2) Inside Out

Another colorful Pixar masterpiece that uses reality as its springboard for creation and fantasy. The emotions Joy (Amy Poehler), Sadness (Phyllis Smith), Fear (Bill Hader), Disgust (Mindy Kaling), and Anger (Lewis Black) make up 11-year-old Riley Anderson (Kaitlyn Dias), who just recently moved with her family from Minnesota to San Francisco. As Riley goes through the changes in her life, her emotions go through a roller coaster of an adventure to make Riley’s life a happy, sad, fearful, disgusted, and angry one. The animation reaches out to you in vivid detail through its vibrant colors and ambitious landscapes, creating a beautiful universe in Riley’s expansive mind. What’s most meaningful, however, is its story. Writer-director Pete Docter (Monsters Inc., Up) uses the human psyche as his narrative playground, telling a thoughtful story on the emotions we experience and how they all make up who were are. Like the wacky emotions in Riley’s curious little head, Inside Out is a uniquely original force to be reckoned with. Four stars.

1) Star Wars: The Force Awakens

Are you really that surprised? Star Wars: The Force Awakens is a sheer blast of nostalgia, meaningful and joyous from it’s opening scroll credits to when John William’s score crescendos in the last shot. Taking place 30 years after the events of Return of the Jedi, Star Wars: The Force Awakens follows a new group of misfits as they suddenly get tangled into this intergalactic conflict involving heroes and villains both old and new. J.J. Abrams revitalizes George Lucas’ cherished sci-fi series for a new age, updating it with creative and interesting characters that makes this a strong story on its own, not just a strong Star Wars story. The cast is exemplary, with newcomer Daisy Ridley shining the most out of the whole group. We’ve seen an updated Star Wars for a modern audience before, and that was in the lopsided and disappointing prequel trilogy. Now we have The Force Awakens, and it’s so good that it’s eligible to compete with the original. Four stars.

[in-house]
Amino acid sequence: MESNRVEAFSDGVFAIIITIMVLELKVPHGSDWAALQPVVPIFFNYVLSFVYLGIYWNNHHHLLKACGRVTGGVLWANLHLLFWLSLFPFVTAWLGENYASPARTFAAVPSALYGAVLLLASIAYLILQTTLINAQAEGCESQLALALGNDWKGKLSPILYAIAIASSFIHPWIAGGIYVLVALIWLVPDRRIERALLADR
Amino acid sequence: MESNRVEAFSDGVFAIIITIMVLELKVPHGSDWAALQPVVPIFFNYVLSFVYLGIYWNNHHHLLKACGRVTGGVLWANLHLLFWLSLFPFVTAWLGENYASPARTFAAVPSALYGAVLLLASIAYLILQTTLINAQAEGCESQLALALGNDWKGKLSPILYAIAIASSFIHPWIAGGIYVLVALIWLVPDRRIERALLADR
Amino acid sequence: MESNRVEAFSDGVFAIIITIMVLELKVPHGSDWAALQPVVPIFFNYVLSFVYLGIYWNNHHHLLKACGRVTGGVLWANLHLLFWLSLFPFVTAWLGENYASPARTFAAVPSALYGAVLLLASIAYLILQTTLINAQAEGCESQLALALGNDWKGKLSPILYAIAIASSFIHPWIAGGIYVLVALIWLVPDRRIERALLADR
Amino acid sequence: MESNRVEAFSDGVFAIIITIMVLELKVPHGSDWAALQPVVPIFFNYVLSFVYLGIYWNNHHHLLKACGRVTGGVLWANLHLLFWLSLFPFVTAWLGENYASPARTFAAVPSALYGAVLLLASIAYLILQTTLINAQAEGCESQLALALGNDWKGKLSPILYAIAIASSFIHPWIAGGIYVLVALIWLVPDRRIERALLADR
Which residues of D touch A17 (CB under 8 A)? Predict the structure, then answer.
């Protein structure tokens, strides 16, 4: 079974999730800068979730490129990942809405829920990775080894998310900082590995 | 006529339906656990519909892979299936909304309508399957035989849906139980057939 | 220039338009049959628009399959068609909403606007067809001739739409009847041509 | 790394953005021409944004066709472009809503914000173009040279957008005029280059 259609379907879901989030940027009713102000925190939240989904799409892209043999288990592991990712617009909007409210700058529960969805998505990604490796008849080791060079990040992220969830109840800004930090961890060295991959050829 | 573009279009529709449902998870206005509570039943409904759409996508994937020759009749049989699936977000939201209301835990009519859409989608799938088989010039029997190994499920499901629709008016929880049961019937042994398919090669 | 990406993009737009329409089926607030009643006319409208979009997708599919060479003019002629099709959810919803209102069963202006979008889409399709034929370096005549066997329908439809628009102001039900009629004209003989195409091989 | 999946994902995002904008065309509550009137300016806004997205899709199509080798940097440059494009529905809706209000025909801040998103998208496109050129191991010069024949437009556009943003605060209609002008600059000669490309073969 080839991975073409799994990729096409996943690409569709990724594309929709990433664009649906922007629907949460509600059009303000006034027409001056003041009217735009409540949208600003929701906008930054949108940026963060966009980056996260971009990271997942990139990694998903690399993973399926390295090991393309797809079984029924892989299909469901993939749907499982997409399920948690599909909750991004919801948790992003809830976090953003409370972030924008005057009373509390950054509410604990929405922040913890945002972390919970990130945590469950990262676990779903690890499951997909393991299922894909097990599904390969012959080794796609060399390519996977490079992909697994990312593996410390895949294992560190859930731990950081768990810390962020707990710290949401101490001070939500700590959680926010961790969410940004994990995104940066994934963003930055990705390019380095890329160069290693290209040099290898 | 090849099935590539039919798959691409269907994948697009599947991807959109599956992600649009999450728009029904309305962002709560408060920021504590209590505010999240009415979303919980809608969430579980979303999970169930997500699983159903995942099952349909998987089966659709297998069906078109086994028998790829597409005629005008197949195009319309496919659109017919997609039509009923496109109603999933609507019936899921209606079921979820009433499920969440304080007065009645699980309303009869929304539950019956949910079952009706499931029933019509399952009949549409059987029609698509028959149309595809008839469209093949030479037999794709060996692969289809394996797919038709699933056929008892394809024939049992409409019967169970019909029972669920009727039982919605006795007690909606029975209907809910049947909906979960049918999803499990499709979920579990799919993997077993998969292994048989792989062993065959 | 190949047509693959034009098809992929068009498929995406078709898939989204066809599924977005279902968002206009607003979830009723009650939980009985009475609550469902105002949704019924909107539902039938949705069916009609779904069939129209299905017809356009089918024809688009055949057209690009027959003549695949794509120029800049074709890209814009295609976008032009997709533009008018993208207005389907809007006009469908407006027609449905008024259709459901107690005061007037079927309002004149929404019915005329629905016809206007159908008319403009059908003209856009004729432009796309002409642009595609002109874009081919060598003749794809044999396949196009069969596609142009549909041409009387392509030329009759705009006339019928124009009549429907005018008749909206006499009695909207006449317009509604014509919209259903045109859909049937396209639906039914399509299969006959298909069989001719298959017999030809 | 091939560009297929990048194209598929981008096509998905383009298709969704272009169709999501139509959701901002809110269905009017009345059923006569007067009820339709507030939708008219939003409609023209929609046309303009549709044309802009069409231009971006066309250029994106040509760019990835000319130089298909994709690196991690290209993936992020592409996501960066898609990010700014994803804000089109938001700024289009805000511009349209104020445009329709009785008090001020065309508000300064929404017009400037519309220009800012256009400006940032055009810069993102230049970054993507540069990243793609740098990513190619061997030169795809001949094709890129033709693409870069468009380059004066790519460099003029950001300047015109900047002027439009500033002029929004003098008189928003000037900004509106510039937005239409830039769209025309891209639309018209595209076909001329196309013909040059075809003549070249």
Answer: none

Honorable mentions go to the smirkingly funny and genuine Trainwreck, the thought-provoking sci-fi drama Ex Machina, the intelligent and maddening The Big Short, and the disgusting yet wickedly genius western The Hateful Eight. All of those deserved a placement on this list, but unfortunately, did not deserve it as much as others. They are still among the year’s best.

Thank you to my readers for experiencing 2015 for me. I look forward to the changes we will go through in 2016, as I do with the movies.

– David Dunn

Tagged , , , , , , , , , , , , , , , , , , , , , , , , , , , , , , , , , , , , , , , , , , , , , , , , , , , , , , , , , , , , , , , , , , , , , , , , , , , , , , , , , , , , , , , , , , , , ,

“INSIDE OUT” Review (✫✫✫✫)

A lot going on inside Riley’s head.

Pixar movies have a way of transcending fantasy and translating it into a form of reality. Does that make any sense? Of course it does, because you’ve seen many of Pixar’s masterpieces before. Up’s fantasy is about a man building a floating house about balloons, but the reality it’s portraying is an elder man dealing with personal loss and finding happiness in unexpected places. WALL-E’s fantasy is about a clumsy dumpster robot, but its reality is about discovering humanity and protecting our home and history. And Toy Story. Ooff. That’s a fantasy about one boy’s childhood with his toys and how they’ve impacted him into his adulthood. That is also its reality.